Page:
“So what do you think of the election so far?” my friend Brian asked me. This was back in March, when the Republicans had settled on McCain but the Democrats were still undecided. All American discussion, Brian behind the counter of his neighborhood hardware store, me out front using the copying machine.
“I think McCain beats Hillary, but Obama beats McCain,” I said. “If Obama’s elected, Congress will eat him alive.”
Shows you how much I knew.
Another parallel experience: I’ve been printing out my columns and putting them in a binder for my boys. Way at the back end of my archive, I found “The Essential Bush,” which I printed on this site on April 8 of 2002. Boy, did I know a lot back then.p>Here’s the nut graf: br> /p>
Republican and Democrat operatives alike looked at the famous USA Today red-and-blue map of Election 2000, and in it they read the lineaments of political doom. Democrats saw Texas and Florida governed by Bushes, and knew they could not control the country with just California, New York, and the Volvo states — the rest of the map was hopeless. Republicans saw that, if Democrats buried Texas and Florida the way they had flooded California — primarily via Hispanic immigration — the GOP would be reduced to permanent minority status, and the federal system would effectively come to an end, as the country was ruled by the seaboard elites.br> I was right, too, but you can see what “right” gets you. Things didn’t work out that way. Why not? George W. Bush and Karl Rove apparently thought they could wipe out Democrats altogether as an electoral force. Some Democrats appear to contemplate the same thing in reverse now. What’s the lesson? That the U.S. appears to be good for a fight, almost no matter what the defects of one party or the other.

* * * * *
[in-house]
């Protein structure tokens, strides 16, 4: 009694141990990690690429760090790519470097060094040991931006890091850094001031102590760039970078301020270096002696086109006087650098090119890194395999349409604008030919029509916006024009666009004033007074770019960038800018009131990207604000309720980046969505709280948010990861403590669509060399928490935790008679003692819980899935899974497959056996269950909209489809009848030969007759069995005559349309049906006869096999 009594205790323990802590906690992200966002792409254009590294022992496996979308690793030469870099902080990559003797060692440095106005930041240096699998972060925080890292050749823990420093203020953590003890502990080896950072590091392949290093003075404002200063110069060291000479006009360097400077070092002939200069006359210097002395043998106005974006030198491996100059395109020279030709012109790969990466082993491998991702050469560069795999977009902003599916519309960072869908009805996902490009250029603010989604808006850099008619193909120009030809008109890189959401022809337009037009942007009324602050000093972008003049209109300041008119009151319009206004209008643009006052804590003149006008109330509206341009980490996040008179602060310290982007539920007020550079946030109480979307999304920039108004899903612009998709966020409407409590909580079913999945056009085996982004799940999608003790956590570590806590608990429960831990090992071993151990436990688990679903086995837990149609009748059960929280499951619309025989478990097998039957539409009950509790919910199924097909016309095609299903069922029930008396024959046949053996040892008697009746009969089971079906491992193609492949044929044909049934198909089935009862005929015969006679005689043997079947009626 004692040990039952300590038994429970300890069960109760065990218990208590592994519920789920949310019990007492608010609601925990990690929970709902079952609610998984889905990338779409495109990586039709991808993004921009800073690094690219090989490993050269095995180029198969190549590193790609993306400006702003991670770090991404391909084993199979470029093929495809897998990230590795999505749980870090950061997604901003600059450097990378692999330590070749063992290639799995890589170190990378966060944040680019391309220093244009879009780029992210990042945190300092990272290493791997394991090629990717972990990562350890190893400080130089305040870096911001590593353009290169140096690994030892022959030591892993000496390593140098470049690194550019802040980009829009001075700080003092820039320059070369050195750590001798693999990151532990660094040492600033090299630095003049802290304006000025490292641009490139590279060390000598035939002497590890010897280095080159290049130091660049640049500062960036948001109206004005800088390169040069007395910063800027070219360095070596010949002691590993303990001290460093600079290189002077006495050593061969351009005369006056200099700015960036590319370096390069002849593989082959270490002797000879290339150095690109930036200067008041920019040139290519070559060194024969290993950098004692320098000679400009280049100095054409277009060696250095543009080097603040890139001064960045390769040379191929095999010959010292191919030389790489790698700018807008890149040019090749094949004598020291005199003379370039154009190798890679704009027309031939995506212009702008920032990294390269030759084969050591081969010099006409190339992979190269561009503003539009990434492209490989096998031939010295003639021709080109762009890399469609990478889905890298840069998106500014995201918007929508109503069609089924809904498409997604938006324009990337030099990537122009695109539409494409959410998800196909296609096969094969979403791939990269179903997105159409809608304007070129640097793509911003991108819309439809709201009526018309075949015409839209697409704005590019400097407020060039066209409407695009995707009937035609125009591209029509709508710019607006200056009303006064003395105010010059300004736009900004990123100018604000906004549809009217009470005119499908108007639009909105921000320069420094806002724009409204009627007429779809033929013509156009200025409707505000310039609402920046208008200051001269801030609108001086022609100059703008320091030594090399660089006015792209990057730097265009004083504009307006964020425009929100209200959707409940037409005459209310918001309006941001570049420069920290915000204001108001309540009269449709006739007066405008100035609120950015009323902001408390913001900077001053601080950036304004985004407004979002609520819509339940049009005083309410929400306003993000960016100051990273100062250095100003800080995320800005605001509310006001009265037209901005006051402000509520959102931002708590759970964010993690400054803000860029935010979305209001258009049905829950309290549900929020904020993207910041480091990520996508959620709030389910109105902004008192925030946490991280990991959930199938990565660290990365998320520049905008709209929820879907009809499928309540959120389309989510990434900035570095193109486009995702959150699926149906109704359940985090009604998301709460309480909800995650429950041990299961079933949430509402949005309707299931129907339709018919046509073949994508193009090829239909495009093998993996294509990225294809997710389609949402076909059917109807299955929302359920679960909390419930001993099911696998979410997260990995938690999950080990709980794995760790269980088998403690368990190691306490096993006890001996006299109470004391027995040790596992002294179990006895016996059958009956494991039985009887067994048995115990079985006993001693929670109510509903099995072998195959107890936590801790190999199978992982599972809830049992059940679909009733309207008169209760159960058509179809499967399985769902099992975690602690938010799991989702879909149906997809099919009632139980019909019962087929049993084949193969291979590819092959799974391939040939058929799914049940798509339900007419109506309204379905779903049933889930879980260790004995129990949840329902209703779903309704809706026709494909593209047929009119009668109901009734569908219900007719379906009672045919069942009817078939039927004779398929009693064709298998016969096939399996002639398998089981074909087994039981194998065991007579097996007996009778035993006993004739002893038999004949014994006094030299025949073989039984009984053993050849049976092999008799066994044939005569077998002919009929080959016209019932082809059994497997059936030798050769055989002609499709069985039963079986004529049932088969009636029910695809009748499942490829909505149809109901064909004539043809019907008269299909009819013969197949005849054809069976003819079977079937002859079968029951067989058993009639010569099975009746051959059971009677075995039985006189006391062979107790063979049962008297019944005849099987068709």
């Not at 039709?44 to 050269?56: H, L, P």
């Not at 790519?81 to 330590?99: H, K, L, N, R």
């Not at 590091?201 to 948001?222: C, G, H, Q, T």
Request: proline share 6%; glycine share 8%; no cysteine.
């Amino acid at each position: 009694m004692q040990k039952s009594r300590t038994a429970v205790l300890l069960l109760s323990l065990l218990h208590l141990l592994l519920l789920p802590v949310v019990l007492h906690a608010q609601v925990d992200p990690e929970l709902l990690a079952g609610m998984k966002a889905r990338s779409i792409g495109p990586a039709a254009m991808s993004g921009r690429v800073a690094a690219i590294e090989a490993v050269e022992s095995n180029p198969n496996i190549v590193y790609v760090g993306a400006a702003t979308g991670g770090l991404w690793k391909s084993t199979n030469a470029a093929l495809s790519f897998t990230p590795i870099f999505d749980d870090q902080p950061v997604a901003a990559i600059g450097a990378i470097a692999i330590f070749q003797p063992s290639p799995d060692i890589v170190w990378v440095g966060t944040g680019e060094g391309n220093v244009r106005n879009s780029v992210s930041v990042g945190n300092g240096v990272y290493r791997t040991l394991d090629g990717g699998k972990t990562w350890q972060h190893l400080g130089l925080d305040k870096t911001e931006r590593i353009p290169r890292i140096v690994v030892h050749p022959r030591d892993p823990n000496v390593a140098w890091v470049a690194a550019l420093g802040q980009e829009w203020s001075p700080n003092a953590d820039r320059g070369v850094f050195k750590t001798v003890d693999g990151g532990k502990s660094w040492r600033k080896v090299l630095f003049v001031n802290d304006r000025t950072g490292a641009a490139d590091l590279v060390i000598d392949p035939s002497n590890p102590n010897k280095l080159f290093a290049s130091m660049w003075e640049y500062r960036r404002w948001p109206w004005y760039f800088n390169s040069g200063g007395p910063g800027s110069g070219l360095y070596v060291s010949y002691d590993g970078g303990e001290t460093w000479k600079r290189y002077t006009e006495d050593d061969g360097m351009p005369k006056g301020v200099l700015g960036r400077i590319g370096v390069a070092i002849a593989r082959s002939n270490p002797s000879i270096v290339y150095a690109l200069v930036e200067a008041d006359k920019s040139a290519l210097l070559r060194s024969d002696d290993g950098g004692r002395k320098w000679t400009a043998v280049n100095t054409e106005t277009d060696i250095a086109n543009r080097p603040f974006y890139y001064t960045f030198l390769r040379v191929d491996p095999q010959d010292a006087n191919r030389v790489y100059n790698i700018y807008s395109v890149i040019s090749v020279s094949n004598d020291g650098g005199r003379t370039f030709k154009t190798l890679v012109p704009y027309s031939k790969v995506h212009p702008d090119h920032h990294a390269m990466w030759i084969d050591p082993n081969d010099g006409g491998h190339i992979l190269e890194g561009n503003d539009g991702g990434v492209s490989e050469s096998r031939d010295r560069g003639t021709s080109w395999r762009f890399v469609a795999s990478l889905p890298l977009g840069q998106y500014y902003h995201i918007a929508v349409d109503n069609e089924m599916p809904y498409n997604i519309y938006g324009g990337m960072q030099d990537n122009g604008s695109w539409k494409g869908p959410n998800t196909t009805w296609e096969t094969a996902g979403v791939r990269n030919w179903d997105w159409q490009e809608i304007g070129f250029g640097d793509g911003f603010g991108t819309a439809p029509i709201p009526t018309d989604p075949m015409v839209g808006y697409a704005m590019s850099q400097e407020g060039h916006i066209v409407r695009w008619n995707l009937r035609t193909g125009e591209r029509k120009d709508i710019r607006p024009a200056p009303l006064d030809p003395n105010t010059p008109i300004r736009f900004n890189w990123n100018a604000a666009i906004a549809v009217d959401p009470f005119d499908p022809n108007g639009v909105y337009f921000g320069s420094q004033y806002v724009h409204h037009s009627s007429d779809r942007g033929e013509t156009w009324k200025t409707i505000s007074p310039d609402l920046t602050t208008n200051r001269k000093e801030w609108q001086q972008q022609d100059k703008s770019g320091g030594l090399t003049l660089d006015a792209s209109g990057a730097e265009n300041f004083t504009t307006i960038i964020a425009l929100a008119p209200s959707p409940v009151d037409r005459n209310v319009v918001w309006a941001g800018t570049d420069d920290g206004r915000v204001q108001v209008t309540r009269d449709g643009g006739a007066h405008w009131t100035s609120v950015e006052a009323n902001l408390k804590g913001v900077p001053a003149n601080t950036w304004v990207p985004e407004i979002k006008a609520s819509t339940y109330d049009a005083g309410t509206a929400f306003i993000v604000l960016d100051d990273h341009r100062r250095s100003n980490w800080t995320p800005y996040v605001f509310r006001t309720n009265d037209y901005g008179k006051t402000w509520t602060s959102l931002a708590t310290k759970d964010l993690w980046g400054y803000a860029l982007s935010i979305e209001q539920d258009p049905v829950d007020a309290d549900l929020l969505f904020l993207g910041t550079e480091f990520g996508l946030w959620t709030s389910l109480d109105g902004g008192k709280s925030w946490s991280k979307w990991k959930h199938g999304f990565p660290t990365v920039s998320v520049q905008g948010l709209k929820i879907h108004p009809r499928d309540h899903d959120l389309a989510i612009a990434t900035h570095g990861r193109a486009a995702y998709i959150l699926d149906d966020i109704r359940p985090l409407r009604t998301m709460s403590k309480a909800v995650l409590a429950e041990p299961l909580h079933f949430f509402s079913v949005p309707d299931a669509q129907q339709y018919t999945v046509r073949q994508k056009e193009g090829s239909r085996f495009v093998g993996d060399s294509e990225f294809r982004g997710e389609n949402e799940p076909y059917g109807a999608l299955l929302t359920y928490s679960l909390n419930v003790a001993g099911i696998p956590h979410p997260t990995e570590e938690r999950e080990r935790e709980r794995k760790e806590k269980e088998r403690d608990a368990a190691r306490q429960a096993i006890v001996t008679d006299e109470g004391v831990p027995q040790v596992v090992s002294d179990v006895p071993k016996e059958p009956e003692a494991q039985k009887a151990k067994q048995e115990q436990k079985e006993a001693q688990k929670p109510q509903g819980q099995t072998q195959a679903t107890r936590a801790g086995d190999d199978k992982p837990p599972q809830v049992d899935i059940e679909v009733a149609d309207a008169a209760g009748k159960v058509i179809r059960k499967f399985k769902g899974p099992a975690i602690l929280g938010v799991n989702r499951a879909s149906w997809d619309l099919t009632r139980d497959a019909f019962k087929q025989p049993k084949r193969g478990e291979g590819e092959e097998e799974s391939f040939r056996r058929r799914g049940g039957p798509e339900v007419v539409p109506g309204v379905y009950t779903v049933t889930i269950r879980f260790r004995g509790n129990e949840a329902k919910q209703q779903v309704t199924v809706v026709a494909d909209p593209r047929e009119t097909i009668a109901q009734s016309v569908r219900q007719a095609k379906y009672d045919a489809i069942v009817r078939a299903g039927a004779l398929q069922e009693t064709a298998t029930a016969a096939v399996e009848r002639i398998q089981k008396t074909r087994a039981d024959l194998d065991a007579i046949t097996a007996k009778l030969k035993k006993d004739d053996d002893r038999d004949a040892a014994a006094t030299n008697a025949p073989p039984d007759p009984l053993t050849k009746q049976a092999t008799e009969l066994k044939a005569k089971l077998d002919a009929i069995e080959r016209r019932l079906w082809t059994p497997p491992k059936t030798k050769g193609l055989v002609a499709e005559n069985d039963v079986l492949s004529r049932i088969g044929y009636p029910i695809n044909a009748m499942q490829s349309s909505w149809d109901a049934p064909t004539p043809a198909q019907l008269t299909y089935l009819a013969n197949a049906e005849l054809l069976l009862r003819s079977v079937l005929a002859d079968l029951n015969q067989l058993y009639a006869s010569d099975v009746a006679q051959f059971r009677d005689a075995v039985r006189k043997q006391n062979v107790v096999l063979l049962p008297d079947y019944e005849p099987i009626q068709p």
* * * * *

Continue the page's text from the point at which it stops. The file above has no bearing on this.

TAKE THIS ELECTION, FOR EXAMPLE. For a while, it was supposed to be a Hillary coronation. Then it looked like it might be an Obama coronation. Both stumbled on their way to the crown.
(N.B. There is no such verb as “to coronate.” “Coronation” is the nominative form of “to crown.”)
Democrats have correctly observed that the Republican act has grown old. It didn’t grow old with Ronald Reagan, but it has with Bush and the sloppy, self-dealing Republicans in Congress these days. The GOP act has grown so stale that the party ended up nominating John McCain, the Senator the New Republic’s Jonathan Chait described as (during Bush’s first term) “the most effective advocate of the Democratic agenda in Washington.”
REPUBLICANS HAVE DONE “HOLD YOUR NOSE” ELECTIONS BEFORE. This one’ll take the Pepe LePew.
But two or three things have played out John McCain’s way. First, the McCain campaign has proved a total surprise with both its nimbleness and its willingness to go for the throat. The McCainiacs jab, they counterpunch, they float like a butterfly and sting like a bee. They’ve got Obama completely off his footing, indeed, seem to be able to make him do what they want him to do. Arguably, the GOP’s advertising made Obama deliver a different acceptance speech than he had originally contemplated.
Whatever happened to the Stupid Party? Remember those guys? Leadfooted, lumpen geeks with no clue? The guys who looked so hapless up against Slick Willie?
A man of faith in a godless age is hitting Americans where it hurts.
Mr. and Mrs. American Spectator Reader, let P.J. O’Rourke talk sense to your kids.
In Britain, defending your property can get you life.
The debacle of this president’s administration is both a cause and a symptom of the decline of American values. Unless Congress impeaches him, that decline will go on unchecked. An eminent jurist surveys the damage and assesses the chances for the recovery of our culture.
It won’t take long for conservatives to scratch this presidential wannabe off their 2008 scorecard.
The American Christmas, like the songs that celebrate it, makes room for everybody under the rainbow. Is that why so many people seem to be hostile to it?
Was the President done in by the economy, or by the politics of the economy?
H/T to National Review Online